Monday, April 14, 2008

Happy April 15th to you and yours!

From my most recent op-ed as it appeared in the Jeff/NA News-Tribune...

How do we evaluate taxes?

EDITOR’S NOTE: In the interest of disclosure, Schansberg is a declared candidate for the 9th District Congressional seat in Southern Indiana in the 2008 election.

Ahhh, it’s spring! The weather is warming; the trees are blooming; and our minds turn inevitably toward taxes. In addition to filing our 1040’s in time for April 15th, the average worker (over 25 years old) has already lost an additional $2,000 this year to the federal government’s payroll (FICA) taxes on income.

At the state level, the Governor and the legislature just passed property tax reform. People are mildly irritated at the recent 16.7 percent increase in the sales tax rate on April 1st. But they’re looking forward to lower property tax bills in the future.

All of this begs the question: How should we evaluate taxes?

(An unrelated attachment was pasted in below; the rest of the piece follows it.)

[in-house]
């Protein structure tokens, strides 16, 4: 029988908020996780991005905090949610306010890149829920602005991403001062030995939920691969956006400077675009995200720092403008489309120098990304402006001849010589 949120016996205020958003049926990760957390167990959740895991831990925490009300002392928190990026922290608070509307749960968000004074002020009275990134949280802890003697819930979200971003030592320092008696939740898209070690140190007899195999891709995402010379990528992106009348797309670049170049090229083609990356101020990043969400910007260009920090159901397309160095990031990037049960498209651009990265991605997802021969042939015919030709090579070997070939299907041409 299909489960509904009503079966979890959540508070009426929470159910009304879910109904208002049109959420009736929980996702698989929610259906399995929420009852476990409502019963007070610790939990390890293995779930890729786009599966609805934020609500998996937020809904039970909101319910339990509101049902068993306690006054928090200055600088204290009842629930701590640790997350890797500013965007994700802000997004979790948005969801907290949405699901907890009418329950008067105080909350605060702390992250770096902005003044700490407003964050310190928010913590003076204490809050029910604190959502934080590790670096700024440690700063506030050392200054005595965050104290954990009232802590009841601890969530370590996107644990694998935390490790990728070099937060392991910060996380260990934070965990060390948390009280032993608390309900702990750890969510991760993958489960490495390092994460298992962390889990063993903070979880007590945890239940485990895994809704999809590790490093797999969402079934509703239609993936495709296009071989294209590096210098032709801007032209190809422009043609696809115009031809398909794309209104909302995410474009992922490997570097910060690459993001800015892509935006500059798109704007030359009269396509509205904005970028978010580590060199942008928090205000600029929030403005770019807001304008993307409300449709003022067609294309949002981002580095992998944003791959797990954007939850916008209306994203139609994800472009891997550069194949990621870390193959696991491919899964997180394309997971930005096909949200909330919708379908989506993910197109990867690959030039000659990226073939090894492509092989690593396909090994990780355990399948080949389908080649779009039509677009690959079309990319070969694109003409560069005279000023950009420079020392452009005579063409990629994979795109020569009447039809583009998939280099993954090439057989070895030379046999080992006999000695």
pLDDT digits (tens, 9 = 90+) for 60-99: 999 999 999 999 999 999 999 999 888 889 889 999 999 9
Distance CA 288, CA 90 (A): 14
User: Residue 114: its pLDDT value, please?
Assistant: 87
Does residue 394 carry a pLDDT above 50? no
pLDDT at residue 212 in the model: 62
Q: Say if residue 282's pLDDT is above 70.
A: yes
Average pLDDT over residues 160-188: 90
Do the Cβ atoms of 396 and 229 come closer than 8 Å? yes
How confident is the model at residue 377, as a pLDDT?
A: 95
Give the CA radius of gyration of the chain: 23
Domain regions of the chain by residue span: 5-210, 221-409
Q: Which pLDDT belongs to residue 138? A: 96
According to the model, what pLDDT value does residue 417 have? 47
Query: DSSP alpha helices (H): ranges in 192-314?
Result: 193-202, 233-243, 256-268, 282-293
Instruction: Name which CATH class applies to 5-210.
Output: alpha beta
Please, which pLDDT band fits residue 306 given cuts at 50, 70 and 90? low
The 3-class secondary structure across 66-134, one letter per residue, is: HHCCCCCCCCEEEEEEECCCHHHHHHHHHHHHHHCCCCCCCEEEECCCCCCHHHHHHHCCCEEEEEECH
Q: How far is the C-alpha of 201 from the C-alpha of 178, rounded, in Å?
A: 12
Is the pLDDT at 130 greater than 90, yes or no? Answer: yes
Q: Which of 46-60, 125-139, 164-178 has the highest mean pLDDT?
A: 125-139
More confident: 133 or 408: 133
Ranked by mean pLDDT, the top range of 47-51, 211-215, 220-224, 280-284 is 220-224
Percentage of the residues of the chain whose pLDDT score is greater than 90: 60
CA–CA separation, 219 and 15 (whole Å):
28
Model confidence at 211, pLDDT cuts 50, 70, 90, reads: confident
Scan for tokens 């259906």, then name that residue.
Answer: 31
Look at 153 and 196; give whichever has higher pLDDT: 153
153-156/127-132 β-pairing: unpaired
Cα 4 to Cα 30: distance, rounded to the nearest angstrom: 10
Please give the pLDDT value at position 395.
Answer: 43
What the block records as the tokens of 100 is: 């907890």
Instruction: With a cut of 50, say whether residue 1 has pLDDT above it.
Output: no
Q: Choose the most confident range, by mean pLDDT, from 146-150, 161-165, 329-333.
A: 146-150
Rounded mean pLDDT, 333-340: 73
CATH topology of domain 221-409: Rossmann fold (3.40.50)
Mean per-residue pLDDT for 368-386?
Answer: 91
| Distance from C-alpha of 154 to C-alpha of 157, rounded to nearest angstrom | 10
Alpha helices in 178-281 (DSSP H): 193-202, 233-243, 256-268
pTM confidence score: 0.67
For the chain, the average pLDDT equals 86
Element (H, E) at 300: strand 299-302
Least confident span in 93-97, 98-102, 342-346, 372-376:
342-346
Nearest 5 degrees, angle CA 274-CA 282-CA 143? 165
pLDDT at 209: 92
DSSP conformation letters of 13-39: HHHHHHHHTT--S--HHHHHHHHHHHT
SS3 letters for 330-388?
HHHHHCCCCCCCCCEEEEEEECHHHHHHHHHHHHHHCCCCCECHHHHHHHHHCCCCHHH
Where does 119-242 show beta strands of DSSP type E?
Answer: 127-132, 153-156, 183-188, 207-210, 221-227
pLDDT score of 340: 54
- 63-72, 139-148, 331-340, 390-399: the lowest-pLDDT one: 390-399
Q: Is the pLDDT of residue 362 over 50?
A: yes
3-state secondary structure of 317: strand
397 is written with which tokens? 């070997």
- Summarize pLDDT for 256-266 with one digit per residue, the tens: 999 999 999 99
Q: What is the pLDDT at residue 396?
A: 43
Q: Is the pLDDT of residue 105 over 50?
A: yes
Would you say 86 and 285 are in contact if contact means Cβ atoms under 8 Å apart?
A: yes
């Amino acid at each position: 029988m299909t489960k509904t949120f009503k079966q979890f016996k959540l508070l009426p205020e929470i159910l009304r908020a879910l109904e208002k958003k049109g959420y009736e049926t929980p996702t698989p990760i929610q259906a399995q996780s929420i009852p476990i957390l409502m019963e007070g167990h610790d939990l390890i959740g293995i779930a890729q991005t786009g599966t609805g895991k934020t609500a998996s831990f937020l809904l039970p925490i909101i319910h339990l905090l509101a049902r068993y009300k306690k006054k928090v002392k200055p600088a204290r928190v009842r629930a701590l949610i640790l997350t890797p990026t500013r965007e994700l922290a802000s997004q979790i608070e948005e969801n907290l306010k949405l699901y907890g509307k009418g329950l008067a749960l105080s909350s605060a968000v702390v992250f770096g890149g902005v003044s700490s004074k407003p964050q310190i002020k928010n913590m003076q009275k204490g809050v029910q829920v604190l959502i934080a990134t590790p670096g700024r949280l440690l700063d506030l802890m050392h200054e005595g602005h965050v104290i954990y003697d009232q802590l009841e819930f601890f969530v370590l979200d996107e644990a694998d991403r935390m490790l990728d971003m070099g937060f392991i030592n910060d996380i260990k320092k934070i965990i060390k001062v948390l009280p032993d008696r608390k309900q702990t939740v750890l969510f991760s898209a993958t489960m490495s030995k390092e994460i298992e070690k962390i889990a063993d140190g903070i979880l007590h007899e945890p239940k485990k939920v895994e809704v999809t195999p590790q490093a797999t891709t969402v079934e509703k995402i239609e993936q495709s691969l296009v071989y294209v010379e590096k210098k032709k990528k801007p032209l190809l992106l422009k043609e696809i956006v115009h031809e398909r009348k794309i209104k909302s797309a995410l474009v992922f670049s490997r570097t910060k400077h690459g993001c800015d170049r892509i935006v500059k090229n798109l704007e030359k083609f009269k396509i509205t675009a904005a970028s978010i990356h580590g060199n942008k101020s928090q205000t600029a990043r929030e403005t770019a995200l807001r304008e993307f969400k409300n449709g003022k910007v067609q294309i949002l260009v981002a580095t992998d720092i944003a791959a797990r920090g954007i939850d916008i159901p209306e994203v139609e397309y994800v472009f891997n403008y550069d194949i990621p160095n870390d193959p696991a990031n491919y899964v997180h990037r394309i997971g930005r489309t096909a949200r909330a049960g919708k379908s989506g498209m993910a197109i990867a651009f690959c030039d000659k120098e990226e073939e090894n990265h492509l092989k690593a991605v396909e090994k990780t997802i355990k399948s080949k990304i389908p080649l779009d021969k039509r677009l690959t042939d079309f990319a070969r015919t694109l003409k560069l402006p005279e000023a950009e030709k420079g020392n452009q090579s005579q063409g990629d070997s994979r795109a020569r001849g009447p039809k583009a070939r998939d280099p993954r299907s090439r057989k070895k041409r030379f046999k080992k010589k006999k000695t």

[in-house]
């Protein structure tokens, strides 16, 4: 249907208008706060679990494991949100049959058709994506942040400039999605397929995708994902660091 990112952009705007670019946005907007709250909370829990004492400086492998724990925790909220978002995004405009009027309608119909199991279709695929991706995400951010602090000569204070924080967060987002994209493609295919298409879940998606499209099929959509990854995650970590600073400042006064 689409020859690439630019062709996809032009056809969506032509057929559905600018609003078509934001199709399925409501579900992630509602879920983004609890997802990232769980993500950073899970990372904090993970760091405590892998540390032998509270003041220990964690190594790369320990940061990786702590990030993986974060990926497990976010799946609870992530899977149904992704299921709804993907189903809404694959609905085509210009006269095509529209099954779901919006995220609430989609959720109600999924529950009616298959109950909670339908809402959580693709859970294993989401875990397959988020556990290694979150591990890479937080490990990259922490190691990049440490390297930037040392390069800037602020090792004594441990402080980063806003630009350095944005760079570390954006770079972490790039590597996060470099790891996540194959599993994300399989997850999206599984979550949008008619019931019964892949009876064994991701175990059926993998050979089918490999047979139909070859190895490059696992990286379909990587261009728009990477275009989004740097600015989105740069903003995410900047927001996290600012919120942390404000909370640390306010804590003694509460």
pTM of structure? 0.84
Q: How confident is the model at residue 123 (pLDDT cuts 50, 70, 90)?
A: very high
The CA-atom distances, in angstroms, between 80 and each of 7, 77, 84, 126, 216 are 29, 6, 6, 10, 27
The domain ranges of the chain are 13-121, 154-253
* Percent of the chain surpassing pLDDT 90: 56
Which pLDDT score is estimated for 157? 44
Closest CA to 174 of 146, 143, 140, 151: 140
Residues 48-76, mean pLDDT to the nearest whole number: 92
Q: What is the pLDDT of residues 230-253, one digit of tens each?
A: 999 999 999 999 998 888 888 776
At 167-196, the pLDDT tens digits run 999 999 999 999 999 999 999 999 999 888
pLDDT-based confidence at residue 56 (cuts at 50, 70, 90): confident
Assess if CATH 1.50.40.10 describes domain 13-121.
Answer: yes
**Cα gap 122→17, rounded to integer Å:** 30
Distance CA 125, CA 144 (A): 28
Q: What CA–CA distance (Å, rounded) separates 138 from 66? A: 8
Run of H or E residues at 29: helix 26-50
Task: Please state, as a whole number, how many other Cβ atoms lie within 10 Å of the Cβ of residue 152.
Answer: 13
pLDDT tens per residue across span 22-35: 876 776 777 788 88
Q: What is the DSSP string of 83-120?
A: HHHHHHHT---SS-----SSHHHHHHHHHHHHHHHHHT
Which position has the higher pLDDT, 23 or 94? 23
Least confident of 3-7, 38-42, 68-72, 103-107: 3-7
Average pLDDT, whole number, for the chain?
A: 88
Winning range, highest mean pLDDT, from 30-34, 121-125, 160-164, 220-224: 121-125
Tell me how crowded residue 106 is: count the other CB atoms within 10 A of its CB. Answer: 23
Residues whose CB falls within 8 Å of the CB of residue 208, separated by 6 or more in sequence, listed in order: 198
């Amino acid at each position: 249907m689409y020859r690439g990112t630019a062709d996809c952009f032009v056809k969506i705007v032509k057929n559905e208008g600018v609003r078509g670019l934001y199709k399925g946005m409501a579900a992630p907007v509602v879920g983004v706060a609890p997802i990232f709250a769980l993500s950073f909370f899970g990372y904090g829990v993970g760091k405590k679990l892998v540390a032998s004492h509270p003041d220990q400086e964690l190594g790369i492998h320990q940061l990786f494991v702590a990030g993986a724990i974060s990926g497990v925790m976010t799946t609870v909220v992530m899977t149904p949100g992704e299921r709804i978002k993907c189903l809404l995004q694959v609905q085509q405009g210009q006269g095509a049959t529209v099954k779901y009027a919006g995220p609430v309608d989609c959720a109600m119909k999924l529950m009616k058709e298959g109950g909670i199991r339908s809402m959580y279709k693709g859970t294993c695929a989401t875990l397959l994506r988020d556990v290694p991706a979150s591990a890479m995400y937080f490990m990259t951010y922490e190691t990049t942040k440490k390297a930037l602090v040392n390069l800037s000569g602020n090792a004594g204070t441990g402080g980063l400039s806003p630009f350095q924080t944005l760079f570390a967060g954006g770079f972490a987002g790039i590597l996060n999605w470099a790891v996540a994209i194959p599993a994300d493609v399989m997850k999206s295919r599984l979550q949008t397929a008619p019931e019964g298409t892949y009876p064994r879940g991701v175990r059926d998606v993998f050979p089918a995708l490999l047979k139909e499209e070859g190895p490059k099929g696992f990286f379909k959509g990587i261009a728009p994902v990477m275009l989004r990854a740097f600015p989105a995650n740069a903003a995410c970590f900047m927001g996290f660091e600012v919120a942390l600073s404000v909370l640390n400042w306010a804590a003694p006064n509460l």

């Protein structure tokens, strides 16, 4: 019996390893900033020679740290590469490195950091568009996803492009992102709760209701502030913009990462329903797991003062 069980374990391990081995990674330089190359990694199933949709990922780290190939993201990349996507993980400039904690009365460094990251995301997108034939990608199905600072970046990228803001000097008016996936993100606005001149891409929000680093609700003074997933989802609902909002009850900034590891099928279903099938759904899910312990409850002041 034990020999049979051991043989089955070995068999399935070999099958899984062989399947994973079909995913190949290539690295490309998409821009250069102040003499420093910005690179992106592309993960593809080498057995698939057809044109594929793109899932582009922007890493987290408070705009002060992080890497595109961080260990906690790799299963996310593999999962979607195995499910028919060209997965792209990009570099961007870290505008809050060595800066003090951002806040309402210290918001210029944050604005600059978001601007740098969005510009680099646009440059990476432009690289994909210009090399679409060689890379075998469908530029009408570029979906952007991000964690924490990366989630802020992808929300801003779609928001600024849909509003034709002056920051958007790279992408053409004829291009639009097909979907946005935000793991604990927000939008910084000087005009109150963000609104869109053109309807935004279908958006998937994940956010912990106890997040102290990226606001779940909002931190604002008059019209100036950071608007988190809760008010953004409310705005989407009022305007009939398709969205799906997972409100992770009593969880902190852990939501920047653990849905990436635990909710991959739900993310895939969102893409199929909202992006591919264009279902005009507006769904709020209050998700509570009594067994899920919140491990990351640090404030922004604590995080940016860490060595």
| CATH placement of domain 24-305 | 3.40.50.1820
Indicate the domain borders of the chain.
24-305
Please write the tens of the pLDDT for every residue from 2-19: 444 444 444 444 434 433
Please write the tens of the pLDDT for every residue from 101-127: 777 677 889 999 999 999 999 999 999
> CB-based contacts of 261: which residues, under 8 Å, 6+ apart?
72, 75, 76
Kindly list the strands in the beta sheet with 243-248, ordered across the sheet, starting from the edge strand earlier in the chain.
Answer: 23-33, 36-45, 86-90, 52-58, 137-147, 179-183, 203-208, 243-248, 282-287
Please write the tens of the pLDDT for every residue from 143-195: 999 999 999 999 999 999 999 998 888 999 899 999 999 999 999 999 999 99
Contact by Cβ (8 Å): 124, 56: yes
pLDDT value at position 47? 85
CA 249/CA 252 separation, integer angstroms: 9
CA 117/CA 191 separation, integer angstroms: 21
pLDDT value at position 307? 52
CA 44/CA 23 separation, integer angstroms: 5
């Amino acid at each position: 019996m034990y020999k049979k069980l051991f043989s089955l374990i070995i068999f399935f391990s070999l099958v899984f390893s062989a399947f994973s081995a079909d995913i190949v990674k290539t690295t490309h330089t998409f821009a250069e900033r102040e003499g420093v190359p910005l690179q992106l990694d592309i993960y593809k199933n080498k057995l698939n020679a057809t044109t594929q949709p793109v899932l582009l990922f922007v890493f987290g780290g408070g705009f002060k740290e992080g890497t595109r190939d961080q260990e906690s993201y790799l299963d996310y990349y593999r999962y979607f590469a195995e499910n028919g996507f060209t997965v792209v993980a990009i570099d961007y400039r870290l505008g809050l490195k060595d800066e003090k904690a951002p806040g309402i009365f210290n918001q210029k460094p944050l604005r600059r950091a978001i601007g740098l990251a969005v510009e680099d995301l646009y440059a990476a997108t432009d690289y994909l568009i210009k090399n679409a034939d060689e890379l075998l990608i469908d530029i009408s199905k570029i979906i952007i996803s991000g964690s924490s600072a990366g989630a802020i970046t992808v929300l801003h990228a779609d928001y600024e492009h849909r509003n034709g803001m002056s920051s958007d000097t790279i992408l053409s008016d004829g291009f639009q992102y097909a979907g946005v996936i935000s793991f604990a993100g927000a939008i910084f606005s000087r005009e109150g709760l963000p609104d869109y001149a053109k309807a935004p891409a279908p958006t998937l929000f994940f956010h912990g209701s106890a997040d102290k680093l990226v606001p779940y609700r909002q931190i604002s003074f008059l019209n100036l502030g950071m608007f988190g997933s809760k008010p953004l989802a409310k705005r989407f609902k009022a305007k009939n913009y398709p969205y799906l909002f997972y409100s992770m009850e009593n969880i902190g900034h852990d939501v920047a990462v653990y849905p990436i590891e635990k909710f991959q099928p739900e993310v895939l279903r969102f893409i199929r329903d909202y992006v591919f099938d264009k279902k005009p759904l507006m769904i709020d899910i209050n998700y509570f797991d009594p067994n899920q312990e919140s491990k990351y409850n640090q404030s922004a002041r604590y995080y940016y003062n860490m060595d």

Economists answer this question with three criteria.

First, “equity” relates to the “fairness” of a tax. The concept speaks to a number of things, including one’s ability to pay. This concern typically results in a “progressive” tax-where those with higher incomes pay a higher percentage of their income. Another consideration is uniformity: are taxpayers treated equally by a given tax and by the tax system in general? For example, how many people evade income taxes through “loopholes” and are income, sales, and property taxes “balanced”?

Of course, fairness is in the eyes of the beholder. For example, some people believe that the government should be quite aggressive in taking money from some people to give to others. Some people find that idea repulsive and offensive.